Tuesday, September 15, 2015
Pork ribs are not hard to master and getting them cooked perfectly is something that anyone can do. They happen to be my absolute favorite thing to cook on the Weber Smokey Mountain Smoker. Over the past few years I have learned a few tips and tricks that have helped me to turn out great smoked ribs almost every time that I would like to share.
Cooking time: 4 to 5 hours (At 275 degrees)
Pork ribs (Spare Ribs or Baby Backs)
Apple Cider Vinegar
1/2 cup Dijon Mustard
1/2 cup Honey
1/2 cup Sriracha
In a small bowl mix the rub ingredients.
In another small bowl mix the mopping sauce ingredients together thoroughly.
Wash the ribs and blot dry. Remove the thin papery skin on the back of each rack of ribs. (Pull it off in a sheet with your fingers, using a paper towel to gain a secure grip.)
Season the ribs evenly with the rub. Cover and refrigerate overnight.
Set up your smoker to cook using the Minion Method. I use 20 lit coals dumped on top of a full ring of unlit charcoal with about 4 or 5 Hickory wood chunks. Follow this link if you need help setting up your Weber Smokey Mountain to cook ribs: How to light a Weber Smokey Mountain BBQ Smoker to Smoke Ribs.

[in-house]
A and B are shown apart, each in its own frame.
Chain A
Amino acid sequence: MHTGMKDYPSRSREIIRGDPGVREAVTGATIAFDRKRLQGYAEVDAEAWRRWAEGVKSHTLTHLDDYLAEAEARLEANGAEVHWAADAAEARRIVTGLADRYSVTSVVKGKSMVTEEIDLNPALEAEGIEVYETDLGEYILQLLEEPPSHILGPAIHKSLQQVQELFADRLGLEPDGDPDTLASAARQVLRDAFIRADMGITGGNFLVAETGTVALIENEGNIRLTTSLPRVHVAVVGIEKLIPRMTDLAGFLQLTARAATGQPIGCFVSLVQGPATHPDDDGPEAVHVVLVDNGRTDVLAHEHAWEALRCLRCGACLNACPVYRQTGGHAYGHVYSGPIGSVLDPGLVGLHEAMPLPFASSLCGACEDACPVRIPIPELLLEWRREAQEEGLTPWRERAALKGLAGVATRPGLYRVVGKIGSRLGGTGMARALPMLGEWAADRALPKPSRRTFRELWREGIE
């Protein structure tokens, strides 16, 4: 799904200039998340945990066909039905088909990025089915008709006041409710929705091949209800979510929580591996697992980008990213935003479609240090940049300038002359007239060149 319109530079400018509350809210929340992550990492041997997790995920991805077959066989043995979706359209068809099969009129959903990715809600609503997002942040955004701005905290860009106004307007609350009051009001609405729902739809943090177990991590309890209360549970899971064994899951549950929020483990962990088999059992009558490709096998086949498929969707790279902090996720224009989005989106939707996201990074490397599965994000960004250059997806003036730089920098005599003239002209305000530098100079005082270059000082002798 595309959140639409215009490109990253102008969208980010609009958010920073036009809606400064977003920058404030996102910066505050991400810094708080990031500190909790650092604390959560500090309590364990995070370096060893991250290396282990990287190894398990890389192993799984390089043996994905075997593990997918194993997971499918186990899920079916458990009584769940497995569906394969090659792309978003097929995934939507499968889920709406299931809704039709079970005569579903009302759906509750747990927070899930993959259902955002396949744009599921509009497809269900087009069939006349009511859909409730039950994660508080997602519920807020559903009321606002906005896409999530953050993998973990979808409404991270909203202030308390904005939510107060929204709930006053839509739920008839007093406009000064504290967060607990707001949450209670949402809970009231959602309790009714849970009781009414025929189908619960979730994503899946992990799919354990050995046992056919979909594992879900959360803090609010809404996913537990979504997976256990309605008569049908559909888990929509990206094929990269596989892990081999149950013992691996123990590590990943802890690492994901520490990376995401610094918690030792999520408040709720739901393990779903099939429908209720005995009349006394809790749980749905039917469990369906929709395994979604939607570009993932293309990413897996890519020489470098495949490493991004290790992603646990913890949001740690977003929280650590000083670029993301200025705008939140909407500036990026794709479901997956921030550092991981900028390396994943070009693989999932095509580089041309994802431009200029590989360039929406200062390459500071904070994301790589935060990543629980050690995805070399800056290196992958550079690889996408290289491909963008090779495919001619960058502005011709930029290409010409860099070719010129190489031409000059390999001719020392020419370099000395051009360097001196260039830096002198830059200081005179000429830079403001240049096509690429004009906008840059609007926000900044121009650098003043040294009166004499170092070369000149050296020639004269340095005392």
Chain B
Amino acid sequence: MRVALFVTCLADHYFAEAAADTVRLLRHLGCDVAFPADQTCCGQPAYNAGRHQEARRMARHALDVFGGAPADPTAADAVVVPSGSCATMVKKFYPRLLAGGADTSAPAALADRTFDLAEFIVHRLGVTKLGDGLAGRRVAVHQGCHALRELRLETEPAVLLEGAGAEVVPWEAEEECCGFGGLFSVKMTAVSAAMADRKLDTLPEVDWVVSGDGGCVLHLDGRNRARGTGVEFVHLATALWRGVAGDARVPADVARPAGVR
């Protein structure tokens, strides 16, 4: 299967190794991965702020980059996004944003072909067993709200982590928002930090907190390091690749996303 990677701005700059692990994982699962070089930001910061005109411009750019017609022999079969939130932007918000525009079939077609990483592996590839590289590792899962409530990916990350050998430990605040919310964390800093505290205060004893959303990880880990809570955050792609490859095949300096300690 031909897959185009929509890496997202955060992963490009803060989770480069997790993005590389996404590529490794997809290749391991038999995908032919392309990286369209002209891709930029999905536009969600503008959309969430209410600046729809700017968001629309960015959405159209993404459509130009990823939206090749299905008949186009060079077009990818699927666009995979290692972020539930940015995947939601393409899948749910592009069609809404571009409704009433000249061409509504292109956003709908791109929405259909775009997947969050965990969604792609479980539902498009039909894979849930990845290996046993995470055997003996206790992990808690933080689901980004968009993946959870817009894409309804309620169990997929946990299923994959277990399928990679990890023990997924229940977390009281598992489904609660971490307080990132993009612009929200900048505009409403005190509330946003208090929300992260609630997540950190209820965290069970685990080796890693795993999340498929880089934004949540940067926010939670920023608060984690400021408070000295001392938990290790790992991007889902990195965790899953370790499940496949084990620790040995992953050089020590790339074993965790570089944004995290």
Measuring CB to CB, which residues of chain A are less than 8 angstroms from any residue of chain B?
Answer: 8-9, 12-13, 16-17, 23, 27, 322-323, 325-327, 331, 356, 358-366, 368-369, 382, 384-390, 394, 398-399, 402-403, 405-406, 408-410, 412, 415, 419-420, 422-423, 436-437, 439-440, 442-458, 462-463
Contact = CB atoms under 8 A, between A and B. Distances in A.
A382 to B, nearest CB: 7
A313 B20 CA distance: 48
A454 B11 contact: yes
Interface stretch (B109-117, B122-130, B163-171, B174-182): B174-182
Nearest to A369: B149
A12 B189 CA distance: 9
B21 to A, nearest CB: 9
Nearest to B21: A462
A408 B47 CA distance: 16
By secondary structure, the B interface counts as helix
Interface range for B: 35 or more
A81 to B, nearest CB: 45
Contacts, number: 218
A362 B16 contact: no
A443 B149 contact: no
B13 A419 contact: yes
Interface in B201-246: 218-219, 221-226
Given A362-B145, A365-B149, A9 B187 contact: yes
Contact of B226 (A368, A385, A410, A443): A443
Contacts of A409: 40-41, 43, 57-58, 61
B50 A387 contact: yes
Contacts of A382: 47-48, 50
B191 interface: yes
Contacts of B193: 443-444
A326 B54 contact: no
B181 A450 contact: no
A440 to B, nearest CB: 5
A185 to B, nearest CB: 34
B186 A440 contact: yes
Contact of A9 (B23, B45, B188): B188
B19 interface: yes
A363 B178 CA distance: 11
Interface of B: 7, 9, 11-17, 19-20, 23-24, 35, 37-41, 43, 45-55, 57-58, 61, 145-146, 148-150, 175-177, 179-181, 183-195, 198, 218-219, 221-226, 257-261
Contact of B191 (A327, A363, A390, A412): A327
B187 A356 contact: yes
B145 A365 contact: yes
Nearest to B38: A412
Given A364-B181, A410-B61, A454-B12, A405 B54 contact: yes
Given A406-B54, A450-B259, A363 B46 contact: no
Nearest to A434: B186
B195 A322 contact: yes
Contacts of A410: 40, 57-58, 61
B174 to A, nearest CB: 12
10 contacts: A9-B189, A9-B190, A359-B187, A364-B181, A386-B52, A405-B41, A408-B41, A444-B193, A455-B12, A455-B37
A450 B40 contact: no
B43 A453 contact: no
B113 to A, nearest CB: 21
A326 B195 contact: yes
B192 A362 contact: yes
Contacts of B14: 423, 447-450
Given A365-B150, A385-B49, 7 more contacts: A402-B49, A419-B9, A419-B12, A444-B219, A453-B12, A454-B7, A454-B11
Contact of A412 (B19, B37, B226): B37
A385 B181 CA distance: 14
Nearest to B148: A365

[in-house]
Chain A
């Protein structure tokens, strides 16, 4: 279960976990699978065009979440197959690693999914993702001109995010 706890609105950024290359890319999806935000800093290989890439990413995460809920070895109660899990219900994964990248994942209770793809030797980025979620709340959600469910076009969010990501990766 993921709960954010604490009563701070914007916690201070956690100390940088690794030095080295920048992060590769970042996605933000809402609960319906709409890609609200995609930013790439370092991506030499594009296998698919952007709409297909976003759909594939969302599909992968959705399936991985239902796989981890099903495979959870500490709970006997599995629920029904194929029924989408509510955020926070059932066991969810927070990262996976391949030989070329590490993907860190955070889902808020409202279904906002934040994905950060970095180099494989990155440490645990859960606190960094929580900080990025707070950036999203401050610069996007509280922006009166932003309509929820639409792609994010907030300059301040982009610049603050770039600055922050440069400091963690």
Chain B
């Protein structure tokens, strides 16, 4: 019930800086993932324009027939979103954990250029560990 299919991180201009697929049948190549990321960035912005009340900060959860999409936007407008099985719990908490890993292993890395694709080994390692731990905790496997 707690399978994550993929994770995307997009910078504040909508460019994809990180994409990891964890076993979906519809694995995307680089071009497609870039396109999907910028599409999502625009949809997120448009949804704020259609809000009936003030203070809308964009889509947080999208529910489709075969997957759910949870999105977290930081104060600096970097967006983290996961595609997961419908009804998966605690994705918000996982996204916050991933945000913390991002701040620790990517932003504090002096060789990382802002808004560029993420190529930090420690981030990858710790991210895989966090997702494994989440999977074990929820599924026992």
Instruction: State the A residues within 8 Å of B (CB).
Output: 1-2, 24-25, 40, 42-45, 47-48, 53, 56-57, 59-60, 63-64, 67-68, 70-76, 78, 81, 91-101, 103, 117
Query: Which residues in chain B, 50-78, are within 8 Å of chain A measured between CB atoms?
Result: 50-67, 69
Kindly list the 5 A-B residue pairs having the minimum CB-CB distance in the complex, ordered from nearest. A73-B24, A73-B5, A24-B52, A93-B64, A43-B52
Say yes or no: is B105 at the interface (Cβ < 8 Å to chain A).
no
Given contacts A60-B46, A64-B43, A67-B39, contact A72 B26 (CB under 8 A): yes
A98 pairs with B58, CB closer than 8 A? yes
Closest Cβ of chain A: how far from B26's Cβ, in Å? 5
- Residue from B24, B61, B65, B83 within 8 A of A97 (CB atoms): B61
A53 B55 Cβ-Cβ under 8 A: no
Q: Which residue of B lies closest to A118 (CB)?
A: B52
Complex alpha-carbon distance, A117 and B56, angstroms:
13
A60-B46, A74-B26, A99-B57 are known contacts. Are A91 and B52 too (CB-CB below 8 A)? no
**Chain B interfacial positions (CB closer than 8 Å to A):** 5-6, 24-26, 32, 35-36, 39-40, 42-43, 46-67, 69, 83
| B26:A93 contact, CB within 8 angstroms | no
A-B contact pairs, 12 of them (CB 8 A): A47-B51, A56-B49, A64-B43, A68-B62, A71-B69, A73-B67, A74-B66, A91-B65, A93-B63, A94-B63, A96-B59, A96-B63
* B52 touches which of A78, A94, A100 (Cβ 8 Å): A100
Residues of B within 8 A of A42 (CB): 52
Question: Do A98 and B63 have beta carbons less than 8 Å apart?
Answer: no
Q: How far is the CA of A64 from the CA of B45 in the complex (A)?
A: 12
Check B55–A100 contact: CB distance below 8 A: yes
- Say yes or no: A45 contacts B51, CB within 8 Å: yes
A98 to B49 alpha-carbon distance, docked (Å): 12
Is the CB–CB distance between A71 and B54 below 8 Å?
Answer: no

When the temperature is temp is between 225 to 300 degrees place the ribs on the smoker meat side up. I always target my ribs to smoke at about 275°F. If they sound like they are sizzling or it is cooking too hot, I back off on the heat a little bit.
Check the ribs after 2 hours for Baby Backs and 3 hours for Spare Ribs. They should have a golden mahogany color. Spritz with Apple Cider Vinegar then apply your mopping sauce. Spritz again after you put the mopping sauce on. Put the lid back on the smoker.
After about 15 minutes it is time to wrap the ribs in foil. Spray the foil with Apple Cider Vinegar then coat it with the mopping sauce. Place the ribs meat side down on the foil. Spray the back of the ribs with Apple Cider Vinegar and coat with the mopping sauce. Wrap the ribs up real tight and put back on the smoker.
After about 2 hours, check the ribs with a tooth pick. The ribs will feel loose and the tooth pick should slide in with little or no resistance when done. Generally, the ribs are done when the meat is very tender and it has shrunk back from the ends of the bones.
Let rest for about 20 to 30 minutes.